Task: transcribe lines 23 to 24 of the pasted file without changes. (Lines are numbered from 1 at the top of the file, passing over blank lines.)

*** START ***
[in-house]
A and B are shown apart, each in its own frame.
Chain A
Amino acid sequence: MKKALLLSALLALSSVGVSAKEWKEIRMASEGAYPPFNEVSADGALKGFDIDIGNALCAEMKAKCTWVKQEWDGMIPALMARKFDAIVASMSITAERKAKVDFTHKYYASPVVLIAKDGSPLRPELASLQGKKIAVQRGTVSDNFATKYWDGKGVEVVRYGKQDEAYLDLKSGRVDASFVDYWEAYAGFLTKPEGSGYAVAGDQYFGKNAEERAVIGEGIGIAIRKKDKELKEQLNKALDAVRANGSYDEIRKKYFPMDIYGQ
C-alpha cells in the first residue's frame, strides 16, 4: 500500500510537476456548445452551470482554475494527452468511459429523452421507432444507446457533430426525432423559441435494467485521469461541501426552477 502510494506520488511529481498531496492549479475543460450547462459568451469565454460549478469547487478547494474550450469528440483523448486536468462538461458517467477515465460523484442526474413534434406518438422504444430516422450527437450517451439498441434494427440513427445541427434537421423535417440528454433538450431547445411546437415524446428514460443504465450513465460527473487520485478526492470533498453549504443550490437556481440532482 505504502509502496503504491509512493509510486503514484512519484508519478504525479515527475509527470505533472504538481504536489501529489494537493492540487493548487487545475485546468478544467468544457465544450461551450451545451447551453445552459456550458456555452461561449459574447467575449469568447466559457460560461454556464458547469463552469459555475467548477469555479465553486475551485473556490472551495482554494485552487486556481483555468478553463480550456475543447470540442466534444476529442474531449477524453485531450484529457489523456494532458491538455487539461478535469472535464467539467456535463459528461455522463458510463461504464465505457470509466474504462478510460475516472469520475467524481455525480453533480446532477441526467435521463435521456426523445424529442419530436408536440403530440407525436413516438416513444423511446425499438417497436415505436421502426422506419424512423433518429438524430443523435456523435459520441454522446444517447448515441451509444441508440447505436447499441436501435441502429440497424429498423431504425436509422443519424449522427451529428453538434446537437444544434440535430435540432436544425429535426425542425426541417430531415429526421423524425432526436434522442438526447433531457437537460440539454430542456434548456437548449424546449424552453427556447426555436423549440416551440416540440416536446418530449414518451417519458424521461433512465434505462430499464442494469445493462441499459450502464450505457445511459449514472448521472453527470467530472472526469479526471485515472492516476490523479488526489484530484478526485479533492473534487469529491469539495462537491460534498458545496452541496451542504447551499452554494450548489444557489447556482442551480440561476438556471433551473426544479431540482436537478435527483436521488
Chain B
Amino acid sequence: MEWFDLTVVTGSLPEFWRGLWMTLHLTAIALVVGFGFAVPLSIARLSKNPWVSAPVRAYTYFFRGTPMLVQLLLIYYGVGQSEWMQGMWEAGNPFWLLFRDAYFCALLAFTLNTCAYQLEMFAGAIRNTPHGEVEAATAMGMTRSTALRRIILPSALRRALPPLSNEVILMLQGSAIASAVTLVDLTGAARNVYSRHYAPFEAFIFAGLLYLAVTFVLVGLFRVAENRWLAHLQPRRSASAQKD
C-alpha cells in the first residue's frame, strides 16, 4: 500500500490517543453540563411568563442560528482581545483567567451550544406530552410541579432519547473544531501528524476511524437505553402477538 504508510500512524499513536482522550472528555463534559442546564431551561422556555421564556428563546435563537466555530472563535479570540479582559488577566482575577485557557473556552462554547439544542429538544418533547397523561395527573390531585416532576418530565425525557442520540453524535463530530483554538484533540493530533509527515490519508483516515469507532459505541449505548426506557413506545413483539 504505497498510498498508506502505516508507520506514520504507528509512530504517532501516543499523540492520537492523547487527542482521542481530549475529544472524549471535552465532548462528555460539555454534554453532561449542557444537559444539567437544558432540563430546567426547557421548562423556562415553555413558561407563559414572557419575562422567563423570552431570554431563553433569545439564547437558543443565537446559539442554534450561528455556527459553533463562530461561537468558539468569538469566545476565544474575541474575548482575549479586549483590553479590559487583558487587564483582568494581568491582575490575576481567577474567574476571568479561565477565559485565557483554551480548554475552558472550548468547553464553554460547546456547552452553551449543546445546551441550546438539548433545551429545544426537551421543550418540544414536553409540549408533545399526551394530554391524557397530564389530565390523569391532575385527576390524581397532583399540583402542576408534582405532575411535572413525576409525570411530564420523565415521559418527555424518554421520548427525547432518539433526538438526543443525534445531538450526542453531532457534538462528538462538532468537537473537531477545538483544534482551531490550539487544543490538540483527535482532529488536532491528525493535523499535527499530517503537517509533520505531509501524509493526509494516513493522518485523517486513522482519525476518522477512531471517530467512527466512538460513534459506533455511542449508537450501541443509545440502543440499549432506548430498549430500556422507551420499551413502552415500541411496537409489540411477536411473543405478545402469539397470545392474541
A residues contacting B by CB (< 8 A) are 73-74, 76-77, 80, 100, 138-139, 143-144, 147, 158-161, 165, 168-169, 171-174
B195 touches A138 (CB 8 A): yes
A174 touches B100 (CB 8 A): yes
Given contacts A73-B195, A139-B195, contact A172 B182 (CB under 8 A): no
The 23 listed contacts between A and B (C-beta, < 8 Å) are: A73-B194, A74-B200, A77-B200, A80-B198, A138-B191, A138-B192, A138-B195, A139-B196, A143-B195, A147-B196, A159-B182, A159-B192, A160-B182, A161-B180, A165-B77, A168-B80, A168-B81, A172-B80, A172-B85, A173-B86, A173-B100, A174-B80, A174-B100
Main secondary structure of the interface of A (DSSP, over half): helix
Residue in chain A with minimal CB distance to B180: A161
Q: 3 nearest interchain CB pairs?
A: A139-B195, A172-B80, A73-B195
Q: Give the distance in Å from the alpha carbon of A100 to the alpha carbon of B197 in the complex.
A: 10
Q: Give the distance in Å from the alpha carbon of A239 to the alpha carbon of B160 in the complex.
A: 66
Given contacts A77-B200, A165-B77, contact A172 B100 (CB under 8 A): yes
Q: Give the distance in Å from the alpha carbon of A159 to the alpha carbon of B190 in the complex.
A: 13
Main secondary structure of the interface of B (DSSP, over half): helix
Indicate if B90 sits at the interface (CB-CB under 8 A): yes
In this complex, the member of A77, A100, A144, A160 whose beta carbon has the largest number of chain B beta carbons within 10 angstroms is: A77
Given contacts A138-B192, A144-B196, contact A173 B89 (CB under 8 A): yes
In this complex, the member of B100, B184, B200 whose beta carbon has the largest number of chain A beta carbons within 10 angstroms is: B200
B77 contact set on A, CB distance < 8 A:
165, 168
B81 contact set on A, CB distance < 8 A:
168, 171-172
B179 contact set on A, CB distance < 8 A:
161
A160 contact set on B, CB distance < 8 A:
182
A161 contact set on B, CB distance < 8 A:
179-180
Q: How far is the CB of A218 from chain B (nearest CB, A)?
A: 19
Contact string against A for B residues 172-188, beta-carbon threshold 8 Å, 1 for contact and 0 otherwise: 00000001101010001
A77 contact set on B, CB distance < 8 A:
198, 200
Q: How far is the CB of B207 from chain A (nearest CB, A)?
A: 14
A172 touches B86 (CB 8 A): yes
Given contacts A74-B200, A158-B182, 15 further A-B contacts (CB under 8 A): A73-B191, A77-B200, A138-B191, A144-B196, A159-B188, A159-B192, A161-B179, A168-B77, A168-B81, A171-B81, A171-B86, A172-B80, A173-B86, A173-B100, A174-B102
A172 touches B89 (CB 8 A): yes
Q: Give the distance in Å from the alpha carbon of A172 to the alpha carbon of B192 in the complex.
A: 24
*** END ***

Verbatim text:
Q: Give the distance in Å from the alpha carbon of A159 to the alpha carbon of B190 in the complex.
A: 13